Further, the companies must provide training to all employees on discrimination and retaliation. Supervisory, management, and human resources personnel are to be trained on their duty to monitor the work environment; how to receive and investigate complaints of harassment or discrimination; and how to respond to complaints effectively with corrective action. East Columbus Host and Ultra Steak also are required to report to EEOC on how they handle any internal complaints of gender discrimination or retaliation, and they must post a notice about the settlement at all restaurants covered by the decree.
EEOC recently updated its [email protected] website (at http://www.eeoc.gov/youth/), which presents information for teens and other young workers about employment discrimination. The website also contains curriculum guides for students and teachers and videos to help young workers learn about their rights and responsibilities in the workforce.
Today is National Waiters and Waitresses Day. To commemorate, check out this blog about the top ten wage violations in the restaurant industry written by waiterpay.com founder Louis Pechman, featured on the Huffington Post.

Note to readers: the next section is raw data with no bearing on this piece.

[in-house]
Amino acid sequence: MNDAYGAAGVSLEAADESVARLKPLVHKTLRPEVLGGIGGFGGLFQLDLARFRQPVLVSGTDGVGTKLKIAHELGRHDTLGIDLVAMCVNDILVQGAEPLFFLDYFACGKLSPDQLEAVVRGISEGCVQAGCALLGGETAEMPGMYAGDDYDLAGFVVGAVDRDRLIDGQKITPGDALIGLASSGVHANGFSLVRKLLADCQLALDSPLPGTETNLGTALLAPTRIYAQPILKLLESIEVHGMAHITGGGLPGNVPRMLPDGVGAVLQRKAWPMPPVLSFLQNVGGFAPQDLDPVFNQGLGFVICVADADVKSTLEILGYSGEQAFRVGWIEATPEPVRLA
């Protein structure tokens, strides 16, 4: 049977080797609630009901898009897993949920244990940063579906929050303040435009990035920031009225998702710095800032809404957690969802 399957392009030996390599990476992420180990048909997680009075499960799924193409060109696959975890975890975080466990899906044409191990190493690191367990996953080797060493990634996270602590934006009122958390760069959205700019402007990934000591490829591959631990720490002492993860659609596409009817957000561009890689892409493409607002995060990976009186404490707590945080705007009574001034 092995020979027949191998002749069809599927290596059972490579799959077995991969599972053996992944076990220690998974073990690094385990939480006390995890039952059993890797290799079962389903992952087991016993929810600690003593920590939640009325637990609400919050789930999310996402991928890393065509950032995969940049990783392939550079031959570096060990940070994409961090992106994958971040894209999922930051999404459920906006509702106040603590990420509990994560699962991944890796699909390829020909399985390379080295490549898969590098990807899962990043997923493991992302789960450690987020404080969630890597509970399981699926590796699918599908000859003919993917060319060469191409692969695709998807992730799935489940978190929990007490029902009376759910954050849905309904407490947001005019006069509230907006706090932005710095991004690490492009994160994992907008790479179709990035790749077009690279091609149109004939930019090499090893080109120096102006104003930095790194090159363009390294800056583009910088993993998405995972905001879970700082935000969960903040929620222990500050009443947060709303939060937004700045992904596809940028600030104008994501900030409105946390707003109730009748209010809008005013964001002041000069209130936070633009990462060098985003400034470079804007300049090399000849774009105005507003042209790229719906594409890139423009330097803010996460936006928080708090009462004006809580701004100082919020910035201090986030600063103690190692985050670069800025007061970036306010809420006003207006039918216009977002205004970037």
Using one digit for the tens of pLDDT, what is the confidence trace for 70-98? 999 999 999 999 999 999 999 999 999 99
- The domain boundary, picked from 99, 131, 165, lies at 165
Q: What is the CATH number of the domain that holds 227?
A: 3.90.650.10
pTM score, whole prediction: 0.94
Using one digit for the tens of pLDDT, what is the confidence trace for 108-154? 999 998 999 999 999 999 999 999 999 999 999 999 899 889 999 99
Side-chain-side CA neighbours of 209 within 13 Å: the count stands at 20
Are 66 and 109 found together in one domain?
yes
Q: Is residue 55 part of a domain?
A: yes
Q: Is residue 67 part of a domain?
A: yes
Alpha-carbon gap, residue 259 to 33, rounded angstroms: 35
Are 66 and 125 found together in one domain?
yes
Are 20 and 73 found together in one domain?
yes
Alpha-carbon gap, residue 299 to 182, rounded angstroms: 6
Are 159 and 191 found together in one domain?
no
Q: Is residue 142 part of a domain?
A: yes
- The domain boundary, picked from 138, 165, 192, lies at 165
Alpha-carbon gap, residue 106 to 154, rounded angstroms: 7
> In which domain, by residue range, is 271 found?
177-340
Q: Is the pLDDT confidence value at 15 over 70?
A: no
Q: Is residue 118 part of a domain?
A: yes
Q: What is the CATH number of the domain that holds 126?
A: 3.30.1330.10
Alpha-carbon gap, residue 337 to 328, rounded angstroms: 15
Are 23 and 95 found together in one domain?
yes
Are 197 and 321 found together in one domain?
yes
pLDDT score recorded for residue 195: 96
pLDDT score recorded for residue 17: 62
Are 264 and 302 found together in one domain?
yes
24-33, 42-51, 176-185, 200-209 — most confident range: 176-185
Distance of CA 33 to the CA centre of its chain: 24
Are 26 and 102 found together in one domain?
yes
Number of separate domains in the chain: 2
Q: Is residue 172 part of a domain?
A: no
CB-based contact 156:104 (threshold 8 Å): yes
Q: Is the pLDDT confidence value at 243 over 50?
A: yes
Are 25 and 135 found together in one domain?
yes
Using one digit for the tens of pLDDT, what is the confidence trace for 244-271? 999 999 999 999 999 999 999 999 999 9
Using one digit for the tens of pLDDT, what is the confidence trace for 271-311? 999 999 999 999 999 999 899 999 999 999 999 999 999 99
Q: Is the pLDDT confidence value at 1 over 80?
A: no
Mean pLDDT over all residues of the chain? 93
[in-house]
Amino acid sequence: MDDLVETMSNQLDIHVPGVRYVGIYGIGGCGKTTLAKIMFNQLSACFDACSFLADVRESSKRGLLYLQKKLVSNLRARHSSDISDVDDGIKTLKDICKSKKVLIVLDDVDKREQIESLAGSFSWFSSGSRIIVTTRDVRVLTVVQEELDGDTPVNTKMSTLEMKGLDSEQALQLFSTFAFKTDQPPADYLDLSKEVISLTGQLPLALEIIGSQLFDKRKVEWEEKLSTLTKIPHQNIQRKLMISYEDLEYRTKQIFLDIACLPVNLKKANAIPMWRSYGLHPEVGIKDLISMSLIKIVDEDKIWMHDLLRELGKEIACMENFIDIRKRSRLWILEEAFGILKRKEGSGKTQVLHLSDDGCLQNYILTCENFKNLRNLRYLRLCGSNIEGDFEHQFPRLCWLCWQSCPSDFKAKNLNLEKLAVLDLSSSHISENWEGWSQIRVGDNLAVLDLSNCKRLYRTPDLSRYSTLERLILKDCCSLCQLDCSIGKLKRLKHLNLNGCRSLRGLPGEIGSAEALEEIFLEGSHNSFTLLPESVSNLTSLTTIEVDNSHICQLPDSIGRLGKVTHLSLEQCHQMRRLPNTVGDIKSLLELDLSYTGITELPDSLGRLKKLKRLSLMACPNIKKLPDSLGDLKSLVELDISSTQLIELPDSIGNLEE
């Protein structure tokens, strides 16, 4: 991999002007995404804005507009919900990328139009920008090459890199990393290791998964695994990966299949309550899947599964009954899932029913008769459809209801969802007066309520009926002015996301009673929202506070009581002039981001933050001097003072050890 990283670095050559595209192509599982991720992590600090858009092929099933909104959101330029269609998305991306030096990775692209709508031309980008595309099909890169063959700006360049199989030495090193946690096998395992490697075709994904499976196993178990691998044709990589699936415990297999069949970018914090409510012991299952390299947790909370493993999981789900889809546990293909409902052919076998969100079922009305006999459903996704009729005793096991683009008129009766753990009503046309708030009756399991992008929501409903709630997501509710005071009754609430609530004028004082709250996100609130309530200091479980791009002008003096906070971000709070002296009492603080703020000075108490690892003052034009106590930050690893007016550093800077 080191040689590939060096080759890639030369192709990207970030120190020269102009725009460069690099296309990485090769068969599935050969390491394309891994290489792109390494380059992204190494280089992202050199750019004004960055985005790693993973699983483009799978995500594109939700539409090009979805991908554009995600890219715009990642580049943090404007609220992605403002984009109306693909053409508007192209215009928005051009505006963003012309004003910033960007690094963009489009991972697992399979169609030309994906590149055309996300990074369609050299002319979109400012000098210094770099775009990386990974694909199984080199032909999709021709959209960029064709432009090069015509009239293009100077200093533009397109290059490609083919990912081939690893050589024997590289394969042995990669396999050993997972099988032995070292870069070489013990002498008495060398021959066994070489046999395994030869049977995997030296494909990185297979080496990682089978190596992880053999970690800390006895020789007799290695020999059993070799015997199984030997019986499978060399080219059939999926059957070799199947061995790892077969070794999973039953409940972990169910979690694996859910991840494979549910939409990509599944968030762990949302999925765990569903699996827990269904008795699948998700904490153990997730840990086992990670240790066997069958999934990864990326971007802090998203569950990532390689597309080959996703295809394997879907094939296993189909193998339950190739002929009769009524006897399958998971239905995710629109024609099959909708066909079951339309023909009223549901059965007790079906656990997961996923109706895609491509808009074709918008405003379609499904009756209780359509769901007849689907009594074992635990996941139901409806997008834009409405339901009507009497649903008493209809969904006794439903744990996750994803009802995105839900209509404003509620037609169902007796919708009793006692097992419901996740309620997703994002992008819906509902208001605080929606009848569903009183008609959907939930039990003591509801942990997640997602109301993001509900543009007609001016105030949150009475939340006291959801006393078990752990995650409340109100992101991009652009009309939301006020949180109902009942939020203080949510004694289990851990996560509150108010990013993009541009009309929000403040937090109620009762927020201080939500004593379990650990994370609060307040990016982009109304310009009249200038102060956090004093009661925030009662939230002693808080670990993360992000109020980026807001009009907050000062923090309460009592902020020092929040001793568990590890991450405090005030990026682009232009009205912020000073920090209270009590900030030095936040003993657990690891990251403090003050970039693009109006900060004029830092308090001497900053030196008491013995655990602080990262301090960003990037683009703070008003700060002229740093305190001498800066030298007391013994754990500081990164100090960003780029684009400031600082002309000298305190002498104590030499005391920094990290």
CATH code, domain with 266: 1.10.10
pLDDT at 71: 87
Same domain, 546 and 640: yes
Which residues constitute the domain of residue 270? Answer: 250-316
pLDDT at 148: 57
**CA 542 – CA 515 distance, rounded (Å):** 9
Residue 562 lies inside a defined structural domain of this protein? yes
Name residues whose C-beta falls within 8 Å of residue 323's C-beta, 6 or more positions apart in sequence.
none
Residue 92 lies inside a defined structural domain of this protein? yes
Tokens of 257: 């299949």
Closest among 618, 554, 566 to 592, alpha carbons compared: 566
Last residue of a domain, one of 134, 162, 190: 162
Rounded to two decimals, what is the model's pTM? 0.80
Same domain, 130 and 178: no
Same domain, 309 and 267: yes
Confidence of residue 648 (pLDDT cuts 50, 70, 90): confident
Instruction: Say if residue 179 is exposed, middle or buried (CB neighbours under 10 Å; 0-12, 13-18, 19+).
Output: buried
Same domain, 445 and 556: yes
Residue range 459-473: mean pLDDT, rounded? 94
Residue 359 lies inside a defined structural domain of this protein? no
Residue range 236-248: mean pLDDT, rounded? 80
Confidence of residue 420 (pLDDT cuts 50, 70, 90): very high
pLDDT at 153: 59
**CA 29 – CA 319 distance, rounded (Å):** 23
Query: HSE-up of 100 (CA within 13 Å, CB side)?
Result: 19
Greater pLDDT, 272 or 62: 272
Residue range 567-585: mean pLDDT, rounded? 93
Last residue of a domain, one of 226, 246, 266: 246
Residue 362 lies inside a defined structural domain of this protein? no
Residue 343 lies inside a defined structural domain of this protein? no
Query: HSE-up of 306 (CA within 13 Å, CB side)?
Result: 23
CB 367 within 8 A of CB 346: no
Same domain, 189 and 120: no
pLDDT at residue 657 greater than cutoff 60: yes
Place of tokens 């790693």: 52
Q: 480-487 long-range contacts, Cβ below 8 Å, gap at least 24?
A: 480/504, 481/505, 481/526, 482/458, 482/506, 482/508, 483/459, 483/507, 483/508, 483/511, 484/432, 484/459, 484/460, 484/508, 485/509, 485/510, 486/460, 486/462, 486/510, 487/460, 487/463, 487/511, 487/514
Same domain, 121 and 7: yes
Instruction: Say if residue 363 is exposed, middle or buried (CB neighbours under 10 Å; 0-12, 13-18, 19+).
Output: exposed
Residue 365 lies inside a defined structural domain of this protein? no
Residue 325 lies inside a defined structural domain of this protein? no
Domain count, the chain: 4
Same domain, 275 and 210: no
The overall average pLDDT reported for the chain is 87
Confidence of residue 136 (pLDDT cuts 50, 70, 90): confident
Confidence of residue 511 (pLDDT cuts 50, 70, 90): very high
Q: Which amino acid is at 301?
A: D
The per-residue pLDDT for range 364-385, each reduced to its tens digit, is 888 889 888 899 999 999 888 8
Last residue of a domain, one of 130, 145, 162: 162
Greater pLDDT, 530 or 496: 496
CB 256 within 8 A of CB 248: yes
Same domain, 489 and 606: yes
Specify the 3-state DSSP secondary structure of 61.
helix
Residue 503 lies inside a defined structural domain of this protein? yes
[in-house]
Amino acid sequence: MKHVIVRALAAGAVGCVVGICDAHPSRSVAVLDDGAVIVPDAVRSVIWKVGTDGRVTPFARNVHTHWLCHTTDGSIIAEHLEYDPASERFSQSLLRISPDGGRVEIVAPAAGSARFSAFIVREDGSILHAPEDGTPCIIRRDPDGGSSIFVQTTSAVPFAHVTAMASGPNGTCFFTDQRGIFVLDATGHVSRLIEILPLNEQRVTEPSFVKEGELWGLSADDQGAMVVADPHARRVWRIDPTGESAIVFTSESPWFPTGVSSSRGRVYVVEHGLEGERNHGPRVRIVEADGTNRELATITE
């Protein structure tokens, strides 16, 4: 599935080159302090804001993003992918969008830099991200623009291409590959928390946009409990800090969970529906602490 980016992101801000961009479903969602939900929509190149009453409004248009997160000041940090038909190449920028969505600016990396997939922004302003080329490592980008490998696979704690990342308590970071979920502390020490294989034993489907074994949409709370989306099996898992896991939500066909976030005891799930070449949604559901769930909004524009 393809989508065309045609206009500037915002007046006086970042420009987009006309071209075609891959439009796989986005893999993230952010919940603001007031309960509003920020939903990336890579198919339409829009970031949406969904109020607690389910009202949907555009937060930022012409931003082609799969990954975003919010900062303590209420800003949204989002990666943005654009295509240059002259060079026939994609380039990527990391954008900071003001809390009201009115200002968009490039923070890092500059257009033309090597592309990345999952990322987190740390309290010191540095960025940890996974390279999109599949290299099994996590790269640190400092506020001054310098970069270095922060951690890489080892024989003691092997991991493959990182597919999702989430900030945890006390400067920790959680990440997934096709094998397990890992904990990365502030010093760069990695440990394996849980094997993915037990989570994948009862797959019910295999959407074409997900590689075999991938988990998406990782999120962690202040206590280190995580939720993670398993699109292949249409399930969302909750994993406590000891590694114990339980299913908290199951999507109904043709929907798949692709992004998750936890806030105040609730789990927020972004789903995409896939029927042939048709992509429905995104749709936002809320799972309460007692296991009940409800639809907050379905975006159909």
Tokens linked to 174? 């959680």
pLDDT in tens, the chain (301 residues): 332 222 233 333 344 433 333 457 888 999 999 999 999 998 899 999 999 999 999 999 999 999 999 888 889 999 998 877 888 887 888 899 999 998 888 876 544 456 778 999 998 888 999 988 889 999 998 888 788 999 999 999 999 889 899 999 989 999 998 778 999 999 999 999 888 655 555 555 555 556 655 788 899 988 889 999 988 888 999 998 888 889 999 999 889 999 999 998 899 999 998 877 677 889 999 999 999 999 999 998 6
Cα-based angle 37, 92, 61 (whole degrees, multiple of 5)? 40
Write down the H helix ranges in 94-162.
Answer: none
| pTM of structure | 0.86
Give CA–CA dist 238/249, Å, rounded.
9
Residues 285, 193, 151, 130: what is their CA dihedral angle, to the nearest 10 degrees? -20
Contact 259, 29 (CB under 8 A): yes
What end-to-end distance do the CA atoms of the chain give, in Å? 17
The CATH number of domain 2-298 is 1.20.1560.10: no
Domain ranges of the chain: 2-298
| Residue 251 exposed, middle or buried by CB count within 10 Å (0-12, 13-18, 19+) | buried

Three sisters who were subjected to sexual harassment at Ayhan’s Fish Kebab Restaurant on Long Island are entitled to damages, according to a decision by New York federal court judge William F. Kuntz. The lawsuit against Ayhan’s was brought by three hostesses, all sisters, who were subjected to “appalling sexual abuse” at the restaurant.
Judge Kuntz found that there were numerous incidents of sex harassment at the restaurant, including male employees making lewd remarks to the women and touching their arms, legs and buttocks. In the most flagrant example of harassment, one of the sisters was grabbed in a bear hug in July 2008 by a cook who groped her. The cook halted the attack when a busboy came down to the basement. In October 2008, the cook was convicted of felony attempted sexual abuse, served 4 months in jail and was deported.